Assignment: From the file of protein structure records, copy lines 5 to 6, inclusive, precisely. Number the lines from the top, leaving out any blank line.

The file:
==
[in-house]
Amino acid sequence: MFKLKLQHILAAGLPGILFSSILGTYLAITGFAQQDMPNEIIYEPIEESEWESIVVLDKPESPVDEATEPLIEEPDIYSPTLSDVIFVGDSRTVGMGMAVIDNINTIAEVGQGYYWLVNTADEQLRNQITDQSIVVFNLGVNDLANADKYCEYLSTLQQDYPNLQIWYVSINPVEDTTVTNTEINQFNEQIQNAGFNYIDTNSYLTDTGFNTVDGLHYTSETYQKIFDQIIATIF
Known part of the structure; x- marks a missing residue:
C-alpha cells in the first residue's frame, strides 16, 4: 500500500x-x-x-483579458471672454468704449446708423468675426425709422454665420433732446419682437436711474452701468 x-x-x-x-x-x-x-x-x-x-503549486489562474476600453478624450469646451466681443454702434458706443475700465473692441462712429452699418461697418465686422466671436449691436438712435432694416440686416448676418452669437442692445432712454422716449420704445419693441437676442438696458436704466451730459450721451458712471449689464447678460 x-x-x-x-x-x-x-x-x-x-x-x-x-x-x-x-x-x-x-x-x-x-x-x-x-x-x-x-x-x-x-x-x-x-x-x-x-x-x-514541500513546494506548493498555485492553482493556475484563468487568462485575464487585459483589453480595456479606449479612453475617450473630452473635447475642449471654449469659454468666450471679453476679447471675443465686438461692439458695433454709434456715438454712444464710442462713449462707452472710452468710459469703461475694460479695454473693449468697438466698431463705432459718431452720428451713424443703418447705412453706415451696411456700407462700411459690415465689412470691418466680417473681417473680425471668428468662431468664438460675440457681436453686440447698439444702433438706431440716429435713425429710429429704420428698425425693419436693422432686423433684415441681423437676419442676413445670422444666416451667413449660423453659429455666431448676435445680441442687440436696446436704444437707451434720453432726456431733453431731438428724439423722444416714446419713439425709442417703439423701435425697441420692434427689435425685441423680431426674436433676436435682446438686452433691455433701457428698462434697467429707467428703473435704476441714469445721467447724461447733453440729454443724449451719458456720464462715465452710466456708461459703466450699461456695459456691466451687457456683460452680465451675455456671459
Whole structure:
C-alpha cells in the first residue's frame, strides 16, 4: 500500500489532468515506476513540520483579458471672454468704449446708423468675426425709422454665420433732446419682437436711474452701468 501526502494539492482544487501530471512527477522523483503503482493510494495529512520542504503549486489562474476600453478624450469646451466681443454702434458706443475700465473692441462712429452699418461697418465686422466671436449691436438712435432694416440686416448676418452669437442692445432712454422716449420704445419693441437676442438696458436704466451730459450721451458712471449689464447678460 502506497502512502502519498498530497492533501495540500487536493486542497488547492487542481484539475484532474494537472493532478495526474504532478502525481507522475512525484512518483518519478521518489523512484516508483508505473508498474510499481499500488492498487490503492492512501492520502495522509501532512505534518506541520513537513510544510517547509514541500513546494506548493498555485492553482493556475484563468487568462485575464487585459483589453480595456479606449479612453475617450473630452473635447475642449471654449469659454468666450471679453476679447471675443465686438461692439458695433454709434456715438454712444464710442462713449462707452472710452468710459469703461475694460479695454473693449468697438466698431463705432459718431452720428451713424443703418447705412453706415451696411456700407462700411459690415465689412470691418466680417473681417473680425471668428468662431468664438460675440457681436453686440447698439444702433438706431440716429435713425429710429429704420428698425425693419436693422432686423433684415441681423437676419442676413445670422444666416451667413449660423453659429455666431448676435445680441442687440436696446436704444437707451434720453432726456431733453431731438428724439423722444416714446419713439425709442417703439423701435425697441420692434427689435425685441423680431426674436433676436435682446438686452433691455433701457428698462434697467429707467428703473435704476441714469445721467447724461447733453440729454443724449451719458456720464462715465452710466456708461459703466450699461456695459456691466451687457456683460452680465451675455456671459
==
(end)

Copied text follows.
Whole structure:
C-alpha cells in the first residue's frame, strides 16, 4: 500500500489532468515506476513540520483579458471672454468704449446708423468675426425709422454665420433732446419682437436711474452701468 501526502494539492482544487501530471512527477522523483503503482493510494495529512520542504503549486489562474476600453478624450469646451466681443454702434458706443475700465473692441462712429452699418461697418465686422466671436449691436438712435432694416440686416448676418452669437442692445432712454422716449420704445419693441437676442438696458436704466451730459450721451458712471449689464447678460 502506497502512502502519498498530497492533501495540500487536493486542497488547492487542481484539475484532474494537472493532478495526474504532478502525481507522475512525484512518483518519478521518489523512484516508483508505473508498474510499481499500488492498487490503492492512501492520502495522509501532512505534518506541520513537513510544510517547509514541500513546494506548493498555485492553482493556475484563468487568462485575464487585459483589453480595456479606449479612453475617450473630452473635447475642449471654449469659454468666450471679453476679447471675443465686438461692439458695433454709434456715438454712444464710442462713449462707452472710452468710459469703461475694460479695454473693449468697438466698431463705432459718431452720428451713424443703418447705412453706415451696411456700407462700411459690415465689412470691418466680417473681417473680425471668428468662431468664438460675440457681436453686440447698439444702433438706431440716429435713425429710429429704420428698425425693419436693422432686423433684415441681423437676419442676413445670422444666416451667413449660423453659429455666431448676435445680441442687440436696446436704444437707451434720453432726456431733453431731438428724439423722444416714446419713439425709442417703439423701435425697441420692434427689435425685441423680431426674436433676436435682446438686452433691455433701457428698462434697467429707467428703473435704476441714469445721467447724461447733453440729454443724449451719458456720464462715465452710466456708461459703466450699461456695459456691466451687457456683460452680465451675455456671459